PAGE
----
9. Am I the only one who doesn't think that any of these amount to palpable "Cuts"? I mean - the elevator operators for instance - like at 168 street - at present only one elevator of the four has an operator, and they're literally just pressing the buttons that a passenger would press. If something happens to the elevator, they're using the same intercom as a passenger to call someone to fix it. Outside of allaying the fears of I don't even know who, that is the most useless staffing possibly in the city. Correct me if I'm missing something. I know i'm gonna get attacked as an MTA apologist here, but I do think the headline of "subway, bus cuts" is somewhat of an exaggeration.
  10. No. It isn't. Track 2 magstripe data can't on it's own be used for online purchases, because it lacks the CVC code - which is neither stored on the magstripe nor transmitted via NFC, and is printed on the card non-embossed letters - the concept here is this code, only needed for "card not present" transactions - is not 'Skimmable'. It's an attempt to increase security to ensure that intercepted card data cannot be used to make card-not-present transactions. Read carefully. "The captured data, which is sent unencrypted, can then be used to create a normal magstripe card for use on older, offline systems." Also, that article is 2 years old - note I said "EMV can be encrypted if the card supports it". I'm not denying the existence of security holes - I'm saying many of the concerns you denounced are already - or in the process of - being addressed. Establishments which accept contactless cards, in so much as I've seen, are steadily increasing in number. I am not sure I understand the question here. Removing the card from the wallet rather than tapping the wallet doesn't seem like a huge burden. I guess there's a space in the market for a "mostly faraday" wallet that lets one card sit in the readable position and shields the rest. But in reality, most people will probably use their phones, and have the card which is on the phone also in their wallet as a backup. Heaven forfend their lithium polymer runs shy on electric potential, they can take their card out of their wallet. Seems pretty simple to me.
  11. So I know the timers were originally physical clockwork timers (not unlike old traffic light controllers that would make the distinctive "kaCHUNK" when the light cycled) - but I had imagined that these would have been replaced with solid state systems. I know I know old analog signals but - we're talking about closing a relay here. Even if I'm ultimately just using a MOSFET to translate logic level to something that will close the original relay - the timer can be done solid state. For like $200 In the same physical space that the mechanical timer took up I could have 3 discrete, redundant solid-state timer circuits with TXCO oscillators running the clocks that would be - and would always be, accurate within 10ms over the timer interval. Hell - it could radio in if it has a problem. I bet the thinking is like "why bother we'll have CBTC soon enough" but - no we won't. Having accurate solid state timers would really smooth out the transition. Edit: Alstom makes a drop-in replacement so - damn. http://docplayer.net/46175216-Microchron-ii-timer-relays.html
  12. Actually I made an error in my assessment before - NFC is basically a Subset of RFID. NFC is a set of specifications for 13.56 high frequency passive RFID meant to pass fairly high-bandwidth data over a short distance. I had assumed that NFC required an "active" tag, as it requires processing to be done on the tag, not just transmission of a number - but as it happens, NFC credit cards, while wirelessly energized by the reader, do that processing on board. Neat stuff. Incidentally, one of the the things that's happening amongst that processing on board is verification of the reader. Modern EMV credit cards actually encipher their communications and cryptographically check the reader. As I understand it: Any contactless credit card that also works in a chip reader can - even in mag emulation mode - dynamically generate cryptographically secure mag emulation data - so long as it's programmed to do so. The only way to clone an NFC credit card is to happen upon one that indeed does broadcast it's raw magstripe data when challenged by a false reader that claims not to support EMV - and even then, you're only getting a clone of the mag stripe data, and most NFC payment terminals are gonna want EMV... TL;DR - contactless payment is way more secure than I had assumed.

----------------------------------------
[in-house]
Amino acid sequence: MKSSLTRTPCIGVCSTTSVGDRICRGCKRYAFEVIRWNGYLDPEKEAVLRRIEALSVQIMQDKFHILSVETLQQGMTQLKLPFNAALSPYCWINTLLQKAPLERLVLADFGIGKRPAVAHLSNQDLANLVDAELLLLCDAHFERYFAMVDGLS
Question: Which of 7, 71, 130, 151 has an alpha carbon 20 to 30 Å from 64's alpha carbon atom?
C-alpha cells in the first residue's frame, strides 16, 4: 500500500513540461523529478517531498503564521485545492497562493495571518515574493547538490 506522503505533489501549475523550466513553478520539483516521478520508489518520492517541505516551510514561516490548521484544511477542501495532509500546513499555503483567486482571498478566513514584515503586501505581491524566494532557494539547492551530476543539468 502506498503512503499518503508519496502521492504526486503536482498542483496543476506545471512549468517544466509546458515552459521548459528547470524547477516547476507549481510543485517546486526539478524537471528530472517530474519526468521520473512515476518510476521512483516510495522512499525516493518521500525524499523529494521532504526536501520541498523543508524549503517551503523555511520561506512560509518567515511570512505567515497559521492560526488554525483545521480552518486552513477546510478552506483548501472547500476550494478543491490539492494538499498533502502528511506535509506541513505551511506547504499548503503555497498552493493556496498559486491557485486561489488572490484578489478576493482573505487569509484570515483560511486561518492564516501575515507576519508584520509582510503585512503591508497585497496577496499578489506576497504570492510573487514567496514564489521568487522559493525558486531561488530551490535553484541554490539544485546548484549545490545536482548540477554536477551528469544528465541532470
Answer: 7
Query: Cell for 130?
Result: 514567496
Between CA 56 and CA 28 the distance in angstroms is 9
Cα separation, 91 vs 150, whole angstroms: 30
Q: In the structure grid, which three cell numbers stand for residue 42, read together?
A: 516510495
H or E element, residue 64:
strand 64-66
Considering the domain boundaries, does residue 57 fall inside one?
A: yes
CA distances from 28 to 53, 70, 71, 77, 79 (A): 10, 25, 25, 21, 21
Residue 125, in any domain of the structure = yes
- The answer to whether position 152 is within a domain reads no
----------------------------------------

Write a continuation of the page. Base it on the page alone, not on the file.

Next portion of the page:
13. itmaybeokay

    R179 Discussion Thread

    Indeed - fully agree, education is the long term solution. I'm not even sure protectionist trade practices are a short term solution. Even assuming they have the intended effect of bringing production onshore, until new lines spool up, Tarrifs are passed on to sticker price, the consumer price index goes up, spending goes down, as do profits, hiring, investment and the economy. Don't argue with me, just watch it happen - if it doesn't i'll be the first to admit that I was wrong. But that's really besides the point. Manufacturing jobs aren't the answer, but it's true - lose them and there's little to replace them with besides service industry unless you increase the overall education level of the population. Add a 13th grade where kids spend the year becoming proficient in Python (or whatever) and watch over decades as the workforce changes and everything is good even as we wave bye bye to the assembly lines. Maybe that scenario is all kinds of impractical - but the answer, the long term sustainable answer is education, and that's what steers my votes - not low-skill dead-end manufacturing jobs.
  14. itmaybeokay

    MTA to begin retiring MetroCards in May 2019

    Actually, "metrocard gold" was when they switched the color scheme and started allowing on-card bus-subway transfers. The original metrocards were gold text on blue field.
  15. itmaybeokay

    NYC Moves to Restrict Parking For Residents Only

    I'm not defending the practice, but it's not uncommon for residents with property in other states or relatives in other states to register and insure their cars in states with cheaper rates.